Social Welfare


Energy efficiency improvement (EEI) actions can help to improve well-being, social cohesion and productivity.

Poor housing quality matched with ever-rising energy utility prices and stagnant or decreasing income result in a form of social deprivation called energy or fuel poverty. Indoor air pollution, dampness and indoor temperature are three parameters affecting the quality of housing and, as a result, also human health. Thermal comfort is the biggest driver of health-related co-benefits of energy efficiency improvement actions. By adopting energy efficiency-based welfare policies, governments could reduce energy poverty and various related negative manifestations, such as ill health.

Energy efficiency improvement actions implemented in commercial and industrial spaces can contribute to increasing worker productivity via increased thermal comfort, improved work conditions, and improved indoor air quality.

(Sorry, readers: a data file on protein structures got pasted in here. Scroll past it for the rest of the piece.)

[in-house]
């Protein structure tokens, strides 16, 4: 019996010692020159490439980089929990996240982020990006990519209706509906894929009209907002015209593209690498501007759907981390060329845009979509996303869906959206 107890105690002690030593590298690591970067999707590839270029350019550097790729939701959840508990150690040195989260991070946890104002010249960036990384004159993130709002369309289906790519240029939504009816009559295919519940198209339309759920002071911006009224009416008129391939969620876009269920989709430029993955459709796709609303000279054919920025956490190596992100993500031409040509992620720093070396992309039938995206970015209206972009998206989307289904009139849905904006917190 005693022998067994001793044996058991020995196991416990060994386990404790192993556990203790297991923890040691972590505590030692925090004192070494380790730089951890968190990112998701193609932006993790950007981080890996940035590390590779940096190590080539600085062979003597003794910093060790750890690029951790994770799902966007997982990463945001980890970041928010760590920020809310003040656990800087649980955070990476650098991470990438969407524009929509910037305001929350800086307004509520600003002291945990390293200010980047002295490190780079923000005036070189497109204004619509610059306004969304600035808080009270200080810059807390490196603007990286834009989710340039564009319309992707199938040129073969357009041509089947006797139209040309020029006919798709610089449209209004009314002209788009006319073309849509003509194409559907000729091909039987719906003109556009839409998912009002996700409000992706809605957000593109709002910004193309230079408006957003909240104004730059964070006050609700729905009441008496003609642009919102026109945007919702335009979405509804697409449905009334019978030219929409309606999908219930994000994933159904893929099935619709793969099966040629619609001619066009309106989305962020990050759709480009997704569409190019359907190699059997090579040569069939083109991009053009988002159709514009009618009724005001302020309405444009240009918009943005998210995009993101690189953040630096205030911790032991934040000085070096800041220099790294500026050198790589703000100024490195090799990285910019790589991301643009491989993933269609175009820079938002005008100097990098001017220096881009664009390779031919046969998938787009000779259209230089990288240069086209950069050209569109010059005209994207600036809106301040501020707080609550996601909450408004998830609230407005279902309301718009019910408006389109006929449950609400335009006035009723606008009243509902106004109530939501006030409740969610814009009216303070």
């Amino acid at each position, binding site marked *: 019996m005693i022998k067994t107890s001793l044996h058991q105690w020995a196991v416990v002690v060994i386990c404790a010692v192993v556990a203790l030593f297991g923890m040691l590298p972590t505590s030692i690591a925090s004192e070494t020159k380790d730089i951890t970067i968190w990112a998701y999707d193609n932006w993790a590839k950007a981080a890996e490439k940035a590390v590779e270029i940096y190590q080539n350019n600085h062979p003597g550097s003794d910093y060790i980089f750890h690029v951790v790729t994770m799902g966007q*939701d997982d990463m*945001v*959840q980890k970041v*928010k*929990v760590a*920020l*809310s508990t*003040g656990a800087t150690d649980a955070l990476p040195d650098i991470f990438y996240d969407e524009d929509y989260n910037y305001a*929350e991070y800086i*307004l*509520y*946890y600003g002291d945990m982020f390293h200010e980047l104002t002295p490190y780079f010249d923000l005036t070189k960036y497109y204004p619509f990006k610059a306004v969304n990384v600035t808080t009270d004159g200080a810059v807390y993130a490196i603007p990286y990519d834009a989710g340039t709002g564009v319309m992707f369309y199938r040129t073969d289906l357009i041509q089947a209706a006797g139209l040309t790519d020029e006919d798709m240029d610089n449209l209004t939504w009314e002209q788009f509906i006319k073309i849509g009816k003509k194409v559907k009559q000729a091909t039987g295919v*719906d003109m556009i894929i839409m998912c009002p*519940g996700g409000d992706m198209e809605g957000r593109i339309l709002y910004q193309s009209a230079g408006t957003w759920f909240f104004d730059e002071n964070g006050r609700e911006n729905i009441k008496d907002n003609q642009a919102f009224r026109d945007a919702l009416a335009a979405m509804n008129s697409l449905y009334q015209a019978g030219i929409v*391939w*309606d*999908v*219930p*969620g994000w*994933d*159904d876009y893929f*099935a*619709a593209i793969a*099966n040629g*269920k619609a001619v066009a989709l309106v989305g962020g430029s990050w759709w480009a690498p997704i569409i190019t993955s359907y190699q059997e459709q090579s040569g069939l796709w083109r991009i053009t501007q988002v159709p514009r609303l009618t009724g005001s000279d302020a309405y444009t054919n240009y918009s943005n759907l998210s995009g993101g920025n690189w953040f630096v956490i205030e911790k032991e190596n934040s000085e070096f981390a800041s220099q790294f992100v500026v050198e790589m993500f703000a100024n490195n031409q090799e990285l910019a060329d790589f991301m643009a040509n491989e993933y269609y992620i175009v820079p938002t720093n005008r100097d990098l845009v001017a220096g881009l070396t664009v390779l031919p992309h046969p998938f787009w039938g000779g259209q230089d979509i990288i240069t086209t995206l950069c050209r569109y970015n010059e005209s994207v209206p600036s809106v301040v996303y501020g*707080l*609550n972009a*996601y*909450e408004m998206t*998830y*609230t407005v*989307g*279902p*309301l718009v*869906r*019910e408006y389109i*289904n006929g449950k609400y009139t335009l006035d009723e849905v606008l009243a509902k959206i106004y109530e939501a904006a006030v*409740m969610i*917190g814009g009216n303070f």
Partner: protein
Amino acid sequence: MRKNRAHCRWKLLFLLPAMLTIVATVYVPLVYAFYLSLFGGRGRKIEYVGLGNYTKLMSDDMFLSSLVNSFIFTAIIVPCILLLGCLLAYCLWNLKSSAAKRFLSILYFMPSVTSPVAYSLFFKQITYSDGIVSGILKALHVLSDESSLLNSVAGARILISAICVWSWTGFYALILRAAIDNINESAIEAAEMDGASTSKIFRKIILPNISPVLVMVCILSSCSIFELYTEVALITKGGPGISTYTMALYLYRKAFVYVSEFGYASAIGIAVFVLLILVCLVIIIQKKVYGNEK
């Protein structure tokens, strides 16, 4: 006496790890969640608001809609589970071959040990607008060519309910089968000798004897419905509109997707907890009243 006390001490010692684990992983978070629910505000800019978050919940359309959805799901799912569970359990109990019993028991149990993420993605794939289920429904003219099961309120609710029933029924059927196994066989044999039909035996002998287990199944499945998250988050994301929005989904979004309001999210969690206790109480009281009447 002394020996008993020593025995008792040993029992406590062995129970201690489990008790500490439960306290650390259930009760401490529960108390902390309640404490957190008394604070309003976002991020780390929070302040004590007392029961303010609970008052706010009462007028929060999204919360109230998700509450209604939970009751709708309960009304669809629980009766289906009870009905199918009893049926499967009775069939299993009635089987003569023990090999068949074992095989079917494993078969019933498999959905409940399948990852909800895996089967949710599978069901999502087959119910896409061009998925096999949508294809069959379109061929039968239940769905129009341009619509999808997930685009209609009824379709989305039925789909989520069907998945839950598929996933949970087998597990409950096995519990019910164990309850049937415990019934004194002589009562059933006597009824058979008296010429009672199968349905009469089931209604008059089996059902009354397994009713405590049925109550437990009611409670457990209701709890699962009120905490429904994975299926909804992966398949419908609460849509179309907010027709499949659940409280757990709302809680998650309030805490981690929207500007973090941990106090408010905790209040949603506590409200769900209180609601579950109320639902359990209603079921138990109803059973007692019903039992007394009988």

A modal shift in passenger transportation can lead to improved human health mainly due to an increase in physical activity. Replacement of short car trips by active modes of transport, walking and cycling, can provide for the necessary amount of daily physical activity ensuring physical and mental well-being. Accompanying public policies are needed to reduce the risks related to increased air pollution exposure and traffic accidents.

These effects will be quantified within COMBI at the European level.


Available documents from this Work Package

Literature review on social welfare impacts of energy efficiency improvement actions (D5.1)